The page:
Years ago, a Mennonite preacher was flying on a mission trip. Around him the passengers were joking and laughing, when suddenly the jet encountered a violent storm. The plane bucked wildly. Lightning cracked against the wings. Terrified passengers cried out to God. “God, if you get me out of this, I promise I’ll serve you the rest of my life.”
The jet pulled out of the storm and settled back into a smooth flight. A lighthearted atmosphere returned to the cabin, and passengers resumed joking and laughing as though nothing had happened. Deeply stirred, the minister stood up and preached a little sermon. “A few minutes ago you were making promises to God. Now is the time to keep those promises.”
Sadly, the behavior of those passengers is typical, as it illustrates the worldly man’s view of God. “God is not in all his thoughts” except on rare occasions when things get so desperate he senses a need of God. When things go well, he doesn’t need God, nor does it occur to him to thank God. God is merely on standby, waiting for his orders if he ever needs Him. His attitude is, “If there is a God, He exists to make me happy.”
God’s Word, of course, teaches the exact opposite. “Thou art worthy, O Lord, to receive glory and honour and power: for thou hast created all things, and for thy pleasure they are and were created” (Rev 4:11).
Since we exist for God’s pleasure, we owe Him everything, and He owes us nothing. When we view Him this way, we recognize that He deserves our unconditional praise and allegiance. Let the ride be rough or smooth, we can praise God for His goodness, and serve Him no matter what, even in disaster. Traditionally, when we eat a meal, we thank God beforehand and thank the cook afterward. However, we have known some who thanked both God and the cook beforehand. Immediately after the “Amen” was said, the children would chorus, “Thank you, mother, for the good meal.”
How did they know the meal would be good? What if mother had burned the peas? or what if she had fixed a dish they wouldn’t like? Then what could they say, since by their words of praise they had already surrendered their right to complain?
No, they had no right to complain, because in the goodness of her heart mother had endeavored to prepare what was good for her children. So knowing her character, they could trust her with their thanks in advance. The meal would be good because a good mother made it.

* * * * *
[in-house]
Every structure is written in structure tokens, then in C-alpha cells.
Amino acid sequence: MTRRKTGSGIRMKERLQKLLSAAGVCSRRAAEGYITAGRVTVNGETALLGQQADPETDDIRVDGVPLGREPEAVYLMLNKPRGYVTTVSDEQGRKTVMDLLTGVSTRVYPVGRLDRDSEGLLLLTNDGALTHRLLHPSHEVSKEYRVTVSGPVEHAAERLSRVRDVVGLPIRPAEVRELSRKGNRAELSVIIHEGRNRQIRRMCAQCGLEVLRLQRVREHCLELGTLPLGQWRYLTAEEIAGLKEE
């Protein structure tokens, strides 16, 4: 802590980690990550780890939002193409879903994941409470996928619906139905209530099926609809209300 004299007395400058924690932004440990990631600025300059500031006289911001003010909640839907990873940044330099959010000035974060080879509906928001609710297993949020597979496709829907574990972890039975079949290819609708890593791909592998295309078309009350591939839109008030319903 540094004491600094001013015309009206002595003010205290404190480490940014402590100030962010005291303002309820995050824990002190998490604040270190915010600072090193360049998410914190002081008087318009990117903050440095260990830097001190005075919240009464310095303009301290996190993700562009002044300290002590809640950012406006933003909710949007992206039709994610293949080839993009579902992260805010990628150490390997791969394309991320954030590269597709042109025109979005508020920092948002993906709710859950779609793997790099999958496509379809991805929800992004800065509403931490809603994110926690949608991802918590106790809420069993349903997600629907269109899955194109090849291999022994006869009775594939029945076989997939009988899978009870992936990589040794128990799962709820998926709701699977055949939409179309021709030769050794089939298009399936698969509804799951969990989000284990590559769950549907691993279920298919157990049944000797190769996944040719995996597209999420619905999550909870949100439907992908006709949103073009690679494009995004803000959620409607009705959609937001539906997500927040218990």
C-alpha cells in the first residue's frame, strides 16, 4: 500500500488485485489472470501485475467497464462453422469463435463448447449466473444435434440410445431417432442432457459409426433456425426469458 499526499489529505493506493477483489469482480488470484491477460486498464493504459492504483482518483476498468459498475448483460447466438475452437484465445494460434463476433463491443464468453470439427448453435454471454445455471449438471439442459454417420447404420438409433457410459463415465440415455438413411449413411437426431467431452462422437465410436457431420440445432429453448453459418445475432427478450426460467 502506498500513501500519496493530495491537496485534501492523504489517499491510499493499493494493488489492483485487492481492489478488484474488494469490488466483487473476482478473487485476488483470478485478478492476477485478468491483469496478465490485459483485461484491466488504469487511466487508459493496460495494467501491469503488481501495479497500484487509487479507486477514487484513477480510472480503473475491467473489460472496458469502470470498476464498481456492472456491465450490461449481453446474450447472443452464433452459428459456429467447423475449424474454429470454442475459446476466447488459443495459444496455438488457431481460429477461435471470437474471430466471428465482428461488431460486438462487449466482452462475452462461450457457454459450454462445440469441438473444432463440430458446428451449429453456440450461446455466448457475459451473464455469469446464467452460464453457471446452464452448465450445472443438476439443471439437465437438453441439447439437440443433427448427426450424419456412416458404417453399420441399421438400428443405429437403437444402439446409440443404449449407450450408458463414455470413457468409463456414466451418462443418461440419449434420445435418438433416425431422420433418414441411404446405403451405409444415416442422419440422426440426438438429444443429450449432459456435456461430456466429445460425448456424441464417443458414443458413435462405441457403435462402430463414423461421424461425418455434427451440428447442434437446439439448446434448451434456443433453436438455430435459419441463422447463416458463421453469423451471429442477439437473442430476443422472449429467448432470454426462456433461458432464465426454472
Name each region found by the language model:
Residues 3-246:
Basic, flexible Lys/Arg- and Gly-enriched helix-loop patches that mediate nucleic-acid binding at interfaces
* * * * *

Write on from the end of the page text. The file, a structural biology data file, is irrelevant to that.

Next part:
With an even greater confidence, we can thank our Father in advance, not only for meals but for everything. He will never burn the peas, because He makes no mistakes. even the vegetables we are too immature to like are for our good.
May we make any special requests? Yes, He wants to hear our petitions as well as our praise. He invites us to bring our requests with thanksgiving. When we do that, we will be at peace with His answer (Php 4:6,7).
In fact, as we learn to know His goodness, we understand that we cannot measure it by what He gives us. Though He demonstrates His goodness in countless ways, He is not obligated to give us anything to prove His goodness. He is good, no matter what we get out of it. This realization is key to unconditional praise.
There are times when praise is easy. When the road seems smooth, it’s not hard to say a few words of thanks for God’s blessings. And indeed we must, lest we forget Him when we have eaten and are full. God wants us to delight in His gifts and to thank Him for them.
But even more, God wants us to delight in Him. The highest praise exalts God for who He is. It is unconditional because He is always good, regardless of circumstance. This is the “sacrifice of praise” to be offered to Him continually (Heb 13:15). It fulfills His will by giving thanks “in everything” (1Th 5:18), and even more amazing, by “giving thanks always for all things” (Eph 5:20). This is the kind of praise that can sing through tears. It is the praise that can say with Job, “Though he slay me, yet will I trust in him.” It can sing with Paul and Silas at midnight when everything seems wrong.
In 2005, Hurricane Katrina, the costliest natural disaster in U. S. history, devastated hundreds of miles of the Gulf Coast. A few months after the storm, amid the wreckage still remaining in a coastal Mississippi town, a crude wooden sign was seen leaning against a mailbox post. The hand painted white-on-green letters stated simply, “God IS Good.” To an unbeliever it must have looked incongruous. But to a Christian it was a picture of triumph, of an undefeated trust that can praise a sovereign God in extreme adversity. This is the banner the child of God has erected in his heart, whether the landscape of life is beautiful and serene, or littered with the wreckage of heartaches and broken dreams. “God IS Good.”
The ultimate praise is unconditional surrender. When we reserve anything we dampen our praise. We say in effect, “God, in this area of my life, I can’t trust you. I think I can manage it better than you can.”
But when we surrender all, we are saying, “God, I acknowledge it’s all yours. Take it and do what you want. You are worthy of total trust.” We become a living sacrifice of praise.
At the Last Supper, Jesus took the bread and the cup and gave thanks. These were the emblems of His own indescribable suffering which He would face just a few hours later. How could He give thanks? He had completely surrendered Himself to His Father, and though His flesh recoiled, He knew His Father’s plan was good. His sacrifice of thanksgiving, not only in word but also in suffering and death, ascended as sweet incense to the Father.
As we follow Christ’s example and yield the fruit of our lips and lives to the Father, we fulfill the purpose for which He made us—His pleasure.